A Guide to the John William Thomason, Jr., Papers, 1918-1950
John William Thomason, Jr. (1893-1944), author, artist, and United States Marine Corps captain, was born in Huntsville, Texas, on February 28, 1893. During his life, he attended several universities, institutes, and colleges, including Southwestern University, Sam Houston Normal Institute, the University of Texas, the Art Students League in New York, and the Army and Navy War colleges. Before joining the U.S. Marine Corps in 1917, he taught school, worked as a school principal, wrote for the Houston Chronicle, and trained as a member of the Citizens Military Training Corps in San Antonio.
As a marine in World War I, Thomason fought in numerous engagements and battles in France, such as the battles of Belleau Wood, Château-Thierry, Saint-Mihiel, Soissons, and Mont Blanc Ridge. Following the war, Thomason was stationed in Cuba, Nicaragua, and China, as well as served aboard the USS Rochester. Additionally, he worked as an aide for Assistant Secretary of the Navy Henry Roosevelt and for the Office of Naval Intelligence. In 1944, Thomason died in San Diego, California, while performing military duties related to World War II. Following his death, a portion of the Marine Base in Quantico, Virginia, a navy destroyer, and the Graphic Arts Building at Sam Houston State University were named for him.
Between WWI and WWII, Thomason wrote eleven books and over 60 articles. His books include Fix Bayonets (1926), Jeb Stuart (1930), Gone to Texas (1937), and Lone Star Preacher (1941). Additionally, he published articles, concerning WWI, military service, and Texas, in American Mercury, Scribner's, and the Saturday Evening Post. His writing style is often labeled as “realistic romanticism.” As an artist, he limited himself to illustrating his own work, mainly in pen and ink, occasionally using watercolors.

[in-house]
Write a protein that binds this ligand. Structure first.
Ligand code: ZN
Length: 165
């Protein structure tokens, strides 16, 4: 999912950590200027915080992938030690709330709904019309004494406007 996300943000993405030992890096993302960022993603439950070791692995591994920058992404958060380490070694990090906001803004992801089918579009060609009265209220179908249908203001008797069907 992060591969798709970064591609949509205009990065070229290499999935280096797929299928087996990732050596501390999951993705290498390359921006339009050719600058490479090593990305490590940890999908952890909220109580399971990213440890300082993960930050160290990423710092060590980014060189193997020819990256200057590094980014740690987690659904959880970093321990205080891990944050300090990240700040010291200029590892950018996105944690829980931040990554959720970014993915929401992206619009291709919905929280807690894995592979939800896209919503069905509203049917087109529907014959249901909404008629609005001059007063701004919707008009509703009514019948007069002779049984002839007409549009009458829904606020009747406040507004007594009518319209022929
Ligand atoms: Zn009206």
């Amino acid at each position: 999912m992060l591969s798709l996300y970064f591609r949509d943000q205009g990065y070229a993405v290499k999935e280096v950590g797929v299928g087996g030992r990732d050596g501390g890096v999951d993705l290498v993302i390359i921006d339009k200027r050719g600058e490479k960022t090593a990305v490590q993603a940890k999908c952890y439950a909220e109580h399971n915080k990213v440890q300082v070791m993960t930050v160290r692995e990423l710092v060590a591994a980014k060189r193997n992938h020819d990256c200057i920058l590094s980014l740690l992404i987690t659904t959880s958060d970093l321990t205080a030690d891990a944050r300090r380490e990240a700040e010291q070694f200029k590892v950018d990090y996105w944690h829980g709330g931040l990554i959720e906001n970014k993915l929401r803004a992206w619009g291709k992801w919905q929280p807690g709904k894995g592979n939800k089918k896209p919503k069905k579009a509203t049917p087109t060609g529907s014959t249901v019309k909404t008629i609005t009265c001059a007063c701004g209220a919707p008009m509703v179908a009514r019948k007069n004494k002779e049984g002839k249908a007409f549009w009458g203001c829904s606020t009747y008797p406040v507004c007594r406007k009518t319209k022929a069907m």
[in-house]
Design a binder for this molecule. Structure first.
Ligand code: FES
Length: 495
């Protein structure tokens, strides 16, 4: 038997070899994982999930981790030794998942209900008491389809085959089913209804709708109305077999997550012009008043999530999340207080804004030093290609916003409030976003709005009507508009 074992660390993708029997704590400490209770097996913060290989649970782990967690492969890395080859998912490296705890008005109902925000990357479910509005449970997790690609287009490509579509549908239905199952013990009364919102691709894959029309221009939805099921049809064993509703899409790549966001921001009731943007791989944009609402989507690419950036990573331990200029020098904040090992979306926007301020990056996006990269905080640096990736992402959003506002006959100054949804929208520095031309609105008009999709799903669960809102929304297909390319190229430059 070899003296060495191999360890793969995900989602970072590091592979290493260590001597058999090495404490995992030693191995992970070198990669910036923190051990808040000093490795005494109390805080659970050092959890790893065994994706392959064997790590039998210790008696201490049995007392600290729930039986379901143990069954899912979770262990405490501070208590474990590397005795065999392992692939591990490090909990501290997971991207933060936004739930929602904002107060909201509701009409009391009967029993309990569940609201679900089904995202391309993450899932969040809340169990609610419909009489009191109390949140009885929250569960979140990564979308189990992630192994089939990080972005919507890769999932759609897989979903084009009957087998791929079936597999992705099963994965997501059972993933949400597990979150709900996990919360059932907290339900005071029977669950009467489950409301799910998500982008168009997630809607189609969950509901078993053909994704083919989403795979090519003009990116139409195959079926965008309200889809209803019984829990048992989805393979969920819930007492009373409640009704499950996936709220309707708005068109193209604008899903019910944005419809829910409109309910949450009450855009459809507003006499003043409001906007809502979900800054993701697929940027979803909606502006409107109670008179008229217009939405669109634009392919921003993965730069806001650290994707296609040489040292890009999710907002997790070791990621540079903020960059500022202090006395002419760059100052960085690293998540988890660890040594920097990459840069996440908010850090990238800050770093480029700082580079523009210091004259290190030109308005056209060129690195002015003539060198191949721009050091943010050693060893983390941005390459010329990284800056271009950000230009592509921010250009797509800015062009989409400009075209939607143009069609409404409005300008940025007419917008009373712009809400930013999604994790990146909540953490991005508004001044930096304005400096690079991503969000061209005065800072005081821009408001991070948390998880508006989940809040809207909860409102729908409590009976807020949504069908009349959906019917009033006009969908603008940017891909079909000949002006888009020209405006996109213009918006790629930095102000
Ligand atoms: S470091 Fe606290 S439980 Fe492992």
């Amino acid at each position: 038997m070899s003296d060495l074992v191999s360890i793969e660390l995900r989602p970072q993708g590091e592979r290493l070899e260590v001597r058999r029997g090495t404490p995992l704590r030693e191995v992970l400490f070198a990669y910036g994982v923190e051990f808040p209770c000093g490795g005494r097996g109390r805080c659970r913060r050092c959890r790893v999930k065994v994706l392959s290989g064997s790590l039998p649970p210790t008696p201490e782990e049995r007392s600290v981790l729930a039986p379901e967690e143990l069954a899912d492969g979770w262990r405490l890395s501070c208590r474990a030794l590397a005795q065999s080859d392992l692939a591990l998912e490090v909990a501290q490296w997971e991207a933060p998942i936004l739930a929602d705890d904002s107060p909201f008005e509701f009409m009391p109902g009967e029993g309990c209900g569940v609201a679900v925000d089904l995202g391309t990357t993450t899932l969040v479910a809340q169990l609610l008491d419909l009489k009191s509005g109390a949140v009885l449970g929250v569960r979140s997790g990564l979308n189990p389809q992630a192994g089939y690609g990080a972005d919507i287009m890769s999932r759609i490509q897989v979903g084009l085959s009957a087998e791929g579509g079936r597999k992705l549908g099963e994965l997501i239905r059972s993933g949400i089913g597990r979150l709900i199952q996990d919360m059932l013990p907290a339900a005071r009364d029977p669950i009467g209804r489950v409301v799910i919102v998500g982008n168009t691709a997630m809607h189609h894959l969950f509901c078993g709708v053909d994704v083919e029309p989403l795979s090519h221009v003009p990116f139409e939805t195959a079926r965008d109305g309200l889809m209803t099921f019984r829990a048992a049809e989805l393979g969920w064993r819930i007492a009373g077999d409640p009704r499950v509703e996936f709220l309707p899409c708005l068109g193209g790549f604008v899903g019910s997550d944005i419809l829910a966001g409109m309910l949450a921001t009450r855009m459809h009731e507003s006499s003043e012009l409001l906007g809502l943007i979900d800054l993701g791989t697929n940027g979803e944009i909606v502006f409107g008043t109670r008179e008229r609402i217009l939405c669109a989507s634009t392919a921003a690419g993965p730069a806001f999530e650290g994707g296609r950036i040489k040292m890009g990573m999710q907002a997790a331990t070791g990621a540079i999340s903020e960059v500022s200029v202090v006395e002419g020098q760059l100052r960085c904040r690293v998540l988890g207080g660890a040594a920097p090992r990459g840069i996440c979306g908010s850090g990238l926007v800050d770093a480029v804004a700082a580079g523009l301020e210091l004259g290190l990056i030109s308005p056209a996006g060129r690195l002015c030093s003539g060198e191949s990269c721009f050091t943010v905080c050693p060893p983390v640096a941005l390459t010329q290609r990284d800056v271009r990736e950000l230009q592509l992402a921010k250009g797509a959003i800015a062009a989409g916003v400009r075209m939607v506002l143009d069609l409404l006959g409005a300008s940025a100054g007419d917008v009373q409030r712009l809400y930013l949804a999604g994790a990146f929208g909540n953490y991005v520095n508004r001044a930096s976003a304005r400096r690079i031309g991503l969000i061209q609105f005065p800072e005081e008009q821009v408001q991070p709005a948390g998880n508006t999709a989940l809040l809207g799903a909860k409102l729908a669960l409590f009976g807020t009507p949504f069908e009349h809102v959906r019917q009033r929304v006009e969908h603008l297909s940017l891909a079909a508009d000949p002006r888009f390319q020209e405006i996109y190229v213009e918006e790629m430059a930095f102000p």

Source: Handbook of Texas Online, s.v. “Thomas, John William, Jr.,” http://www.tshaonline.org/handbook/online/articles/TT/fth13.html (accessed July 30, 2010).
Newspaper clippings, letters, a photograph, an engraving, and a manuscript comprise the John William Thomason, Jr., Papers, 1918-1950, and relate to Thomason’s life and career as a United States Marine Corps Captain, author, and artist. The newspaper clippings include historical narratives, articles relating to World War II, and obituaries and reflect Thomason’s personal life and interests in Texas, the military, and the Civil War. Additionally, the collection contains clippings of Thomason’s World War I recollections, “Fix Bayonets,” published in the Houston Chronicle, as well as two letters from the Saturday Evening Post. The photograph depicts an unidentified portrait and the engraving shows an unidentified Confederate General.
“Second Division Northwest of Château-Thierry, June 1-July 10, 1918,” a photocopy of an unpublished, unfinished manuscript written by Thomason, concerns preliminary actions to the second battle of the Marne and the role of American units in the allied counteroffensive following the German offensive of May 1918. The manuscript details the movements, operations, and actions of American, French, and German units deployed in the area around Château-Thierry, France.
The collection is open for research use.
John William Thomason, Jr., Papers, 1918-1950, Dolph Briscoe Center for American History, The University of Texas at Austin.
Revised by John Orange, September 1973. Revised by Megan Mummey, July 2010
Basic processing and cataloging of this collection was supported with funds from the National Historical Publications and Records Commission (NHPRC) for the Briscoe Center’s "History Revealed: Bringing Collections to Light" project, 2009-2011.
Detailed Description of the Papers